Even though Strawberry and her friends have been updated (their skirts are decidedly shorter I noticed), my daughter still loves them. She loves their brightly colored hair. She loves their yummy smells. She loves that I not only know the names of all of her dolls, but can tell her stories about playing with my own dolls…just like hers.

Strawberry classic in boxLast year when Kenner released the 35th edition Strawberry Shortcake, I thought I would lose my mind. Sure, she wasn’t the actual doll I played with as a child, but she looked just like her. She smelled just like her. With one click of a button, I was able to get a piece of my childhood back. Turns out, I wasn’t the only one nostalgic about her. My aunt, knowing how much of my life I devoted to the dolls, also bought me one. This meant that while I got to keep one, I could give the other to my daughter. Who loves her nearly as much as I did.

My happiness was increased while visiting Comic Con earlier this year. I came across a display of Pop! figures and found not just my beloved Strawberry Shortcake, but Lemon Meringue, Blueberry Muffin, Huckleberry Pie and even the nasty ol’ Pieman. I bought both Strawberry and Lemon (I’ve always been a sucker for lemon scented anything). They are both currently on display in my classroom. My students LOVE that the smell like fruit. That’s right, even the Pop! figures are scented.

I was even happier to find remakes of the original dolls on sale at Toys R’ Us. Although I haven’t bought them for my daughter yet, Christmas is coming and I think Santa might have to leave a pack (or two) in her stocking.

*I actually still can recall some of the lyrics to songs in several of the movies, specifically the movie song from Housewarming Surprise and the song Strawberry and Orange Blossom sing when they first meet each other in Big Apple City. My brain is a strange, strange place.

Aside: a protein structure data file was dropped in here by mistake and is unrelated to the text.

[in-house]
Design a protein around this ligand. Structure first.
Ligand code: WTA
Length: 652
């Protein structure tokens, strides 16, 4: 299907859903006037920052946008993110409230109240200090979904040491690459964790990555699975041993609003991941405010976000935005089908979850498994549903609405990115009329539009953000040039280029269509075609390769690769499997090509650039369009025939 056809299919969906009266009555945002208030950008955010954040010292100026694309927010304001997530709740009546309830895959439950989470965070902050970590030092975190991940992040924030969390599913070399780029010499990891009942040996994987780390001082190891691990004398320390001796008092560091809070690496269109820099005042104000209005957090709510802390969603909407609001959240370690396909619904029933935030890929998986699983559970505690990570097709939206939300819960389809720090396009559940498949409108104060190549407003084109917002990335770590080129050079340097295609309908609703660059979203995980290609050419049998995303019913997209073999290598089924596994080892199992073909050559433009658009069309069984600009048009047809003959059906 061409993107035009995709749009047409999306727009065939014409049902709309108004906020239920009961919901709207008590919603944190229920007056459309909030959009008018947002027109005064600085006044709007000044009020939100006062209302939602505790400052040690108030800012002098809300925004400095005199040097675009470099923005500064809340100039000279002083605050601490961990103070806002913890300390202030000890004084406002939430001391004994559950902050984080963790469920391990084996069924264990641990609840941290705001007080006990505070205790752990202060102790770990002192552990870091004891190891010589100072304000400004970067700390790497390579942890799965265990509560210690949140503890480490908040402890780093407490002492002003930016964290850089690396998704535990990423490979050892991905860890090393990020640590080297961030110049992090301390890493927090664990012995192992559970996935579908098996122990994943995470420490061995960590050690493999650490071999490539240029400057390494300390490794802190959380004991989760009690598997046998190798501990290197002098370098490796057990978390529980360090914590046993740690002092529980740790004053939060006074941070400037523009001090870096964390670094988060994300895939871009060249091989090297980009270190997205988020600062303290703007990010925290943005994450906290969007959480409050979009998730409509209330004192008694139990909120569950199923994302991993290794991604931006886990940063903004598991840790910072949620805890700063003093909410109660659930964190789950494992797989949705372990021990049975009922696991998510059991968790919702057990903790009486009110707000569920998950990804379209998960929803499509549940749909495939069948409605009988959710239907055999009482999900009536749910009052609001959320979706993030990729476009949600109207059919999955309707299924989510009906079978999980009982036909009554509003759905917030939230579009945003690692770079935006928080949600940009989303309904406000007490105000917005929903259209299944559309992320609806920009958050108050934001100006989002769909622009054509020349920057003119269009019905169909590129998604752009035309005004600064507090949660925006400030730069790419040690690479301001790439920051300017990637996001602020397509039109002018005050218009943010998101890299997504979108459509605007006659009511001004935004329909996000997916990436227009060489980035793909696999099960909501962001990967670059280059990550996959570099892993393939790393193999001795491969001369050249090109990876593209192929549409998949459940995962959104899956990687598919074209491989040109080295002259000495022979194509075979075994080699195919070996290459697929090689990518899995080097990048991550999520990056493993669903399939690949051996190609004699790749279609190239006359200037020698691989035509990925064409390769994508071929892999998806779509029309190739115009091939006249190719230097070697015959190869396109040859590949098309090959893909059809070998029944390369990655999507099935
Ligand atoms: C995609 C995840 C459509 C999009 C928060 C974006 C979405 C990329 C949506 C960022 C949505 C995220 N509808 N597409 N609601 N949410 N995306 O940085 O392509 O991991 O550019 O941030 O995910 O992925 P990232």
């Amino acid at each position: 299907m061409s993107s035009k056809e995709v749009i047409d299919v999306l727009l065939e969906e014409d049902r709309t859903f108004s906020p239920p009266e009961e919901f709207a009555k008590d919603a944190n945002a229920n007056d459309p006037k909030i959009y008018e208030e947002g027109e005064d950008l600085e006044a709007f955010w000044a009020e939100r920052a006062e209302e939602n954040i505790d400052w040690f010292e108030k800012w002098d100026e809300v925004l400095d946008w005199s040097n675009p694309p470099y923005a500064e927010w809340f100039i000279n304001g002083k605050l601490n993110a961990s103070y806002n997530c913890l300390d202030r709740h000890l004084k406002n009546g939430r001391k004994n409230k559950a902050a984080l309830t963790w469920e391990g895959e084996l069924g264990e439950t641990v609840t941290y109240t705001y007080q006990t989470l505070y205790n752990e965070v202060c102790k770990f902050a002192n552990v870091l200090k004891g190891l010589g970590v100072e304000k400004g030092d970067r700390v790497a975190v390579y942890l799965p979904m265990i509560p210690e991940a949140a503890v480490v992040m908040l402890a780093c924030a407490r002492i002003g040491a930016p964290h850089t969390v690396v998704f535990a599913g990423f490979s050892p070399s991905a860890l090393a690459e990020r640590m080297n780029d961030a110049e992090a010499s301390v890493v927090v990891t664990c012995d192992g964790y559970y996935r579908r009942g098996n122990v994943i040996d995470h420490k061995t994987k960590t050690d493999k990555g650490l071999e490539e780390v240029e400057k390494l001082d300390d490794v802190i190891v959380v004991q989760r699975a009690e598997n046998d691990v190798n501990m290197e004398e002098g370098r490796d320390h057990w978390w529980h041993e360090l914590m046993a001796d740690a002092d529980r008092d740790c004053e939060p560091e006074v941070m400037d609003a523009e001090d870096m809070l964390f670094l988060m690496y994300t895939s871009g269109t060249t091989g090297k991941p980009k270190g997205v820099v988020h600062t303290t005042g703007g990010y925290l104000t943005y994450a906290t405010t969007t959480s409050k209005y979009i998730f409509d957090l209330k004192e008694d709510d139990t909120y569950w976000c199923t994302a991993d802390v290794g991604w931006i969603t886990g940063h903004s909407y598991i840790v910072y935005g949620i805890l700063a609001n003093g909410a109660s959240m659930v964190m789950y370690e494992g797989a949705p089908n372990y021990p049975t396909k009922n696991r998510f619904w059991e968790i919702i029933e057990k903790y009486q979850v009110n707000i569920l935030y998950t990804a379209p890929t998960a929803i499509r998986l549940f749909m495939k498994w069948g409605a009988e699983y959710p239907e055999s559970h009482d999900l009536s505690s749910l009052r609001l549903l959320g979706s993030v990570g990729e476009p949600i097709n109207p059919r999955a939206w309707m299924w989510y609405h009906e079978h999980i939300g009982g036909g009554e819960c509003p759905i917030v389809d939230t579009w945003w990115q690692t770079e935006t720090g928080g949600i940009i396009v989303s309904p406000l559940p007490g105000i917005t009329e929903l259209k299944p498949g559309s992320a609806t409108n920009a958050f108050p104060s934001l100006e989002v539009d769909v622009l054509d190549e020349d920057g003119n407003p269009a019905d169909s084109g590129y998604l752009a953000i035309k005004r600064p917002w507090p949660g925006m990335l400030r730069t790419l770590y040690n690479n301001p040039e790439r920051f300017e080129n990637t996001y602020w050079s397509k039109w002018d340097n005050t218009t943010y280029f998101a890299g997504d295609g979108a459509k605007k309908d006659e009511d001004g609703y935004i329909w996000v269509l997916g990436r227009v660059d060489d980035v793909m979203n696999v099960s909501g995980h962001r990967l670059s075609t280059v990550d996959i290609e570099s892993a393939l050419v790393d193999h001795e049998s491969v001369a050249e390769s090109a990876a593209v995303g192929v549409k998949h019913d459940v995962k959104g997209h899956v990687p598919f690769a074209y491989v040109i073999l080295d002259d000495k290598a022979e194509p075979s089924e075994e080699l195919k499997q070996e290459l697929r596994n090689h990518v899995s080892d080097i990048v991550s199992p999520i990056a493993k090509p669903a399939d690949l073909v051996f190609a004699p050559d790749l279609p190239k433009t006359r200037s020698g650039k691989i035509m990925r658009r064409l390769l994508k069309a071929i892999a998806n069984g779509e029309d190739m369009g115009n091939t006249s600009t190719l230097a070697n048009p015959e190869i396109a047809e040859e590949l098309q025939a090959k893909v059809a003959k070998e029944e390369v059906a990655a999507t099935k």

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Wildcard Wednesday: Game of Thrones PUB

GoT crying treeI know that the entire world has thrown itself into fits about the return of Game of Thrones. I’ll admit that I am one of those people who had palpitations at the mere thought of the return of Jon Snow, Daenerys and even bad ol’ Cersei.

While planning my recent trip to DC, I was over the moon when I happened upon a link to a newspaper article about DC’s latest attraction: a Game of Thrones PUB. Despite the word pub, this is not the traditional use of the word, but rather an acronym for Pop-Up Bar. These bars do exactly what their name suggests: they pop up for a brief time and then are closed, redecorated and reopened with new themes. This particular space, which is actually a combination of three bars, has also had pop-ups themed around Super Mario Brothers and DC’s beloved Cherry Blossom festival.

Despite warnings of long lines, my best friend and I decided we were going. Thankfully our host, a long-time DC resident and one of our closest friends is also a die-hard GoT fan and was willing to join us in our potentially foolish endeavor.